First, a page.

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Old 05-29-20, 10:47 AM
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Deck posts is a whole new can of worms. My inspectors want the footers to be on undisturbed, virgin soil or disturbed soil that has been compacted and inspected by an Engineer (expensive). So, in practice this means your post footers must be below the depth the area was excavated to build your house. This has nothing to do with frost line and is about getting below the back filled area and down to undisturbed, virgin soil. My inspectors pay special attention to footers next to a house and do probe the soil to make sure it's "hard enough". So when you dig your holes cover them if you're going to get rain. You don't want the bottom of your holes to get soft and muddy or you could have to dig them deeper to get back to hard ground.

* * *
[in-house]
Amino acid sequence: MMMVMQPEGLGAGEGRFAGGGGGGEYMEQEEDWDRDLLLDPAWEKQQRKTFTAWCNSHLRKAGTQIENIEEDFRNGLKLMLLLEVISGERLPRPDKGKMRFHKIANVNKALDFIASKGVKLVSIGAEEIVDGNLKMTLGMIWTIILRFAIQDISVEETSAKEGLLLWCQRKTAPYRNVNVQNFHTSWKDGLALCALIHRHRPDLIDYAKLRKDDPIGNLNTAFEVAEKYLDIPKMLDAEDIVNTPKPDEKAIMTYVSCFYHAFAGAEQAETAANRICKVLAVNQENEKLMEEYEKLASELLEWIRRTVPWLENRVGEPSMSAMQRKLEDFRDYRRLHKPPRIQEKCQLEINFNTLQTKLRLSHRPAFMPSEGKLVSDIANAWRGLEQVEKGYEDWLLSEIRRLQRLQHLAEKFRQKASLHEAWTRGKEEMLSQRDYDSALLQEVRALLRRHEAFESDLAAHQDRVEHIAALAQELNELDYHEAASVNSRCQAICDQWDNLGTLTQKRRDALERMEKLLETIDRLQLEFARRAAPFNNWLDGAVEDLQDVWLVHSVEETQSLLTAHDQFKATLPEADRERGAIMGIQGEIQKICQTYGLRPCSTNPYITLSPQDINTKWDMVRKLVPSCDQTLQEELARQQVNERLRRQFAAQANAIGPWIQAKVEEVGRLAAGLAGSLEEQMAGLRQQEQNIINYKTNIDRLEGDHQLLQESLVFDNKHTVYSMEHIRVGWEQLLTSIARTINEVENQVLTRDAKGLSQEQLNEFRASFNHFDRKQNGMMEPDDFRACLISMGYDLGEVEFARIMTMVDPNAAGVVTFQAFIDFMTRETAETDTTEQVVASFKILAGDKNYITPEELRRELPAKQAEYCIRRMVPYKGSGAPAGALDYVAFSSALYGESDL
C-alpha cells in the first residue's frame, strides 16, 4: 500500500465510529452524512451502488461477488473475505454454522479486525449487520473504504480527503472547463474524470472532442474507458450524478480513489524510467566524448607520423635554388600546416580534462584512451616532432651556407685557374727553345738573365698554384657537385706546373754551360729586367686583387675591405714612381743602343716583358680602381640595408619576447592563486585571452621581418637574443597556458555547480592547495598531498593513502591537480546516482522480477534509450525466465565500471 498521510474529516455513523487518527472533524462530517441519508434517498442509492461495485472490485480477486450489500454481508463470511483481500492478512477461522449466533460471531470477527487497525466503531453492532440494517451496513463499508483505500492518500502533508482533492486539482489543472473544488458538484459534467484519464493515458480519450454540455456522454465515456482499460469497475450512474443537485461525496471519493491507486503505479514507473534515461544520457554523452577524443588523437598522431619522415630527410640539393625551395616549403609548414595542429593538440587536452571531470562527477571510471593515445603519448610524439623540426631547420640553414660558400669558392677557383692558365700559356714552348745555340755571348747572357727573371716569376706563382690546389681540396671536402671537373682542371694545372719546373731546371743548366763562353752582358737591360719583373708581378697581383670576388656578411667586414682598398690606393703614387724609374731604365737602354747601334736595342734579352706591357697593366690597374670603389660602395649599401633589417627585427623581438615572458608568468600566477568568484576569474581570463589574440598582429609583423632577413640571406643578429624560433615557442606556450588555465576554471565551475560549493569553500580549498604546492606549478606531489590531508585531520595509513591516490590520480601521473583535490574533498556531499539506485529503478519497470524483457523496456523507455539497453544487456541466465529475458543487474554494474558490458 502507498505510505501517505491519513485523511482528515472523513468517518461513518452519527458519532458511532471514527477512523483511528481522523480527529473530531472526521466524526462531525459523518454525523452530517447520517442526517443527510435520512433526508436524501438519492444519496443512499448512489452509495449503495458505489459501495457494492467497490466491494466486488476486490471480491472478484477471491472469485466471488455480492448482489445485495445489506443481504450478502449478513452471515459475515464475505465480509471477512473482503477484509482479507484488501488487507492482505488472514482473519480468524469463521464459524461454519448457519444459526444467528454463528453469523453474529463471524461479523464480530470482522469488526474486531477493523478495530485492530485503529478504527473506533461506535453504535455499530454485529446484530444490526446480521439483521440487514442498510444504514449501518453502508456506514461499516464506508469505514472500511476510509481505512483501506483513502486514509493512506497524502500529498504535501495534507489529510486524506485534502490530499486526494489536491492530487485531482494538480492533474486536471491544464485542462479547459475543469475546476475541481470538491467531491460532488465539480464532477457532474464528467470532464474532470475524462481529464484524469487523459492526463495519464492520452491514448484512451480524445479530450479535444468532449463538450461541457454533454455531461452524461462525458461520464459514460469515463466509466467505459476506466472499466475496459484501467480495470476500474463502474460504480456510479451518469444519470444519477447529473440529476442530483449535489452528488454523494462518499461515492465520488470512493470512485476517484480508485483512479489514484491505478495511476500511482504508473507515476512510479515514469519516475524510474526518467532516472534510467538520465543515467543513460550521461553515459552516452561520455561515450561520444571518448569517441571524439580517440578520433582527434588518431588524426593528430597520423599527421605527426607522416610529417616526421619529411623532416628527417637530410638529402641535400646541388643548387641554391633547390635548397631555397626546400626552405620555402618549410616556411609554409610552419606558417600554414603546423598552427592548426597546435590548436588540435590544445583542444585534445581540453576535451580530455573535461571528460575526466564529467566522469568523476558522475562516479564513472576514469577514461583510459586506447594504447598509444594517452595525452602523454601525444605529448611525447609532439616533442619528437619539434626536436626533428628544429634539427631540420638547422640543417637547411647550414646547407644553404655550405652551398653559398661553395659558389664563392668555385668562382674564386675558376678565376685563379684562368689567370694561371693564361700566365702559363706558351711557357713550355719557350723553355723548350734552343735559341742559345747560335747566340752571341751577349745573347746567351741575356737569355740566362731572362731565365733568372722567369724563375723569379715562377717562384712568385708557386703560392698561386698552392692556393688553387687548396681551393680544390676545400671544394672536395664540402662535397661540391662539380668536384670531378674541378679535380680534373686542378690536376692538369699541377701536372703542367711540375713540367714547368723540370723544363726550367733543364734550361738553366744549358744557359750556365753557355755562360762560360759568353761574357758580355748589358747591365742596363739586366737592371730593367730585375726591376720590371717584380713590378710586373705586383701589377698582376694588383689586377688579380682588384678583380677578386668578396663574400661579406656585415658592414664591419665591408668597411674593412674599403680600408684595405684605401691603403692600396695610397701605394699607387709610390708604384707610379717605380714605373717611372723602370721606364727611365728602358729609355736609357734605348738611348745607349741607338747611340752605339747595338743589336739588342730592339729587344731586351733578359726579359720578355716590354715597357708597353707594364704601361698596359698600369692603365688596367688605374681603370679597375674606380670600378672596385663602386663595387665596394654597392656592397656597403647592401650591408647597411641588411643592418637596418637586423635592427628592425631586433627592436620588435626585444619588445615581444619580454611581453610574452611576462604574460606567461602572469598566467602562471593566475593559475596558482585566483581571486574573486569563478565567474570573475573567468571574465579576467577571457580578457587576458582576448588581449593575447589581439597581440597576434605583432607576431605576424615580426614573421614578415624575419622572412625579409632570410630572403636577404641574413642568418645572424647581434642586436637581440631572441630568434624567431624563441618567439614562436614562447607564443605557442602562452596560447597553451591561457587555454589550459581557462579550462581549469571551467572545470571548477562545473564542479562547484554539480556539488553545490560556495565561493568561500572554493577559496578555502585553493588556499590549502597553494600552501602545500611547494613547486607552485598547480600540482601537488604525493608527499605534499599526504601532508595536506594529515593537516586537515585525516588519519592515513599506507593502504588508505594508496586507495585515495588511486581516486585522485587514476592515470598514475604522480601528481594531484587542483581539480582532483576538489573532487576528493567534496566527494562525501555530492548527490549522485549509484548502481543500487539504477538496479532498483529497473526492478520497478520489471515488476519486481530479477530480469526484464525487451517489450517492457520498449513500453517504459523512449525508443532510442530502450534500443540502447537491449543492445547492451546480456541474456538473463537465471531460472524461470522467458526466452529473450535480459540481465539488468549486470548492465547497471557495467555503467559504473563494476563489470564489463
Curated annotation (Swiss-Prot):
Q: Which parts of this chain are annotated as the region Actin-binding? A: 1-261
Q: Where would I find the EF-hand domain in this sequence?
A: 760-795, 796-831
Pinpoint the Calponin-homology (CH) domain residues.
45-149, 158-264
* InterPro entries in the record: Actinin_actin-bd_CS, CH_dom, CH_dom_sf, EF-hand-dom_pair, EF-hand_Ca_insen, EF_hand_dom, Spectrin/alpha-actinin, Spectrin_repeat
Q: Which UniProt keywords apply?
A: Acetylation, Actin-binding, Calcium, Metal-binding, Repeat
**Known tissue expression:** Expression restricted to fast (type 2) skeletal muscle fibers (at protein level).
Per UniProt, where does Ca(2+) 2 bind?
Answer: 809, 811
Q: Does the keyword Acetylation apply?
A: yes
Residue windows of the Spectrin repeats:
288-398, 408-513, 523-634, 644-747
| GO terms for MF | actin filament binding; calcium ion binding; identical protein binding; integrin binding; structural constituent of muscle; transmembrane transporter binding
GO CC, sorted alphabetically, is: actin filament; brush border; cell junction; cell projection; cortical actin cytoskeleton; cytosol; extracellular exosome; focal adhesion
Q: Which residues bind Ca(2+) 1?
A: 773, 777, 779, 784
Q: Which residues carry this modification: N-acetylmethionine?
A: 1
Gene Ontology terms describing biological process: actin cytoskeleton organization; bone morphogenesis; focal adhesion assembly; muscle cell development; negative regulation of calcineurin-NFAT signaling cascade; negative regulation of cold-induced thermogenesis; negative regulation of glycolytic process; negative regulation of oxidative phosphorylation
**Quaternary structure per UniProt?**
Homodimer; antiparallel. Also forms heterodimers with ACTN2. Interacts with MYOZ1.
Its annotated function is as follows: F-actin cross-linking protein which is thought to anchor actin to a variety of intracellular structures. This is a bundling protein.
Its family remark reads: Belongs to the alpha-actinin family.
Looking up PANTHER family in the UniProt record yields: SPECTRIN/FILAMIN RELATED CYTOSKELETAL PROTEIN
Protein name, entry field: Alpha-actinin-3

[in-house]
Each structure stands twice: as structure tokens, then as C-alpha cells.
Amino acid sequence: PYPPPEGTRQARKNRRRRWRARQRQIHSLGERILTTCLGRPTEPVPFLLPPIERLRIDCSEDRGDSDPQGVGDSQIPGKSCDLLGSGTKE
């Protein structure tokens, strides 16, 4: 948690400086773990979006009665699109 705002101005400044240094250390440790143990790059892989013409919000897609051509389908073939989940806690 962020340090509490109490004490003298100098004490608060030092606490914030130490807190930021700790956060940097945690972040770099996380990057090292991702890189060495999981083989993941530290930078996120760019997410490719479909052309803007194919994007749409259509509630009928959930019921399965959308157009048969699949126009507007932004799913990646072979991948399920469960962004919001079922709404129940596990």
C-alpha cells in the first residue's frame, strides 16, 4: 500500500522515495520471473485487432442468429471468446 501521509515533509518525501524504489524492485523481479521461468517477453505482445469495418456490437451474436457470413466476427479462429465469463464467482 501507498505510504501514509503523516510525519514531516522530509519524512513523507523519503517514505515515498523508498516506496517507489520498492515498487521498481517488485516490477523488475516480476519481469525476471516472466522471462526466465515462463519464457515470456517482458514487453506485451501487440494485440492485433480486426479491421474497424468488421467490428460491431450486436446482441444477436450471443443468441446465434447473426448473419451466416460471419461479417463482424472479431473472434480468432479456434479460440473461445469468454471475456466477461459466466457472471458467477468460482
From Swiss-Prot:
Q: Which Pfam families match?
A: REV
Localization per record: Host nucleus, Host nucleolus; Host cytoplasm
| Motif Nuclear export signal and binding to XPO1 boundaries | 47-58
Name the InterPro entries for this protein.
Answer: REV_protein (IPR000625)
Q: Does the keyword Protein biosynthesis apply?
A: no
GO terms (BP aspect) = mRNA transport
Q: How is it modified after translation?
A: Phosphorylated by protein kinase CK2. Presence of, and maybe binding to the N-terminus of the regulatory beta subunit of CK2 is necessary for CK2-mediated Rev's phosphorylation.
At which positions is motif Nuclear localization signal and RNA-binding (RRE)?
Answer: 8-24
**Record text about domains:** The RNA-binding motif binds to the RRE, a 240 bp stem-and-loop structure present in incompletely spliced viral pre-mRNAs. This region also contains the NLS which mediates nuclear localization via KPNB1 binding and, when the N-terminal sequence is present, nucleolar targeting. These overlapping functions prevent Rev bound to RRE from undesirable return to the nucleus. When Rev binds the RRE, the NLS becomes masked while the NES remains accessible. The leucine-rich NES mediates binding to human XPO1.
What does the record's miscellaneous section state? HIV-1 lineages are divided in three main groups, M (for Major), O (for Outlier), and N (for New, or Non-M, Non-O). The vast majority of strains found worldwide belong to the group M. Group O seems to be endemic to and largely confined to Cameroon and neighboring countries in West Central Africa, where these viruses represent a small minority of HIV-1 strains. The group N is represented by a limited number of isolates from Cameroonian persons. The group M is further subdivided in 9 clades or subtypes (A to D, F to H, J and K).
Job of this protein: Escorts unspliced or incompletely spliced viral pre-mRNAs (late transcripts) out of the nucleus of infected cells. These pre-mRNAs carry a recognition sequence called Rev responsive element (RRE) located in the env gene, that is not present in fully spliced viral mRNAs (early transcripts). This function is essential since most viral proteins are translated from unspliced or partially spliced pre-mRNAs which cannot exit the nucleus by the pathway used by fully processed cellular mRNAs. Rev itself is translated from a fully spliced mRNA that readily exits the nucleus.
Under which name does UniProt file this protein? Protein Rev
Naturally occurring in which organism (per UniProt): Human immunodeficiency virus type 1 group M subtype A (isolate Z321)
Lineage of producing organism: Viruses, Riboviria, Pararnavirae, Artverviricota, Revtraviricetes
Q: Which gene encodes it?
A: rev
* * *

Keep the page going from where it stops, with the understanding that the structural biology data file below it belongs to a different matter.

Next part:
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Old 06-22-20, 05:29 AM
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Ended up rebuilding the entire desk ( non-ledger deck) using DCA6, (2015 IRC code compliant guide). I am currently debating about the style of the guard. I know the opening of the bottom guard shall not allow the passage of a 4' diameter sphere. Is the bottom guard required by code? Could I just attach the balusters to the top guard and to the rim joist? Also, DCA6 does not mention at all about the fascia. is a fascia required?
 
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Old 06-22-20, 05:38 AM
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It sounds like you are talking about the railing, but what is a "guard"?
 
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Old 06-22-20, 06:15 AM
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Guard is a synonym of rail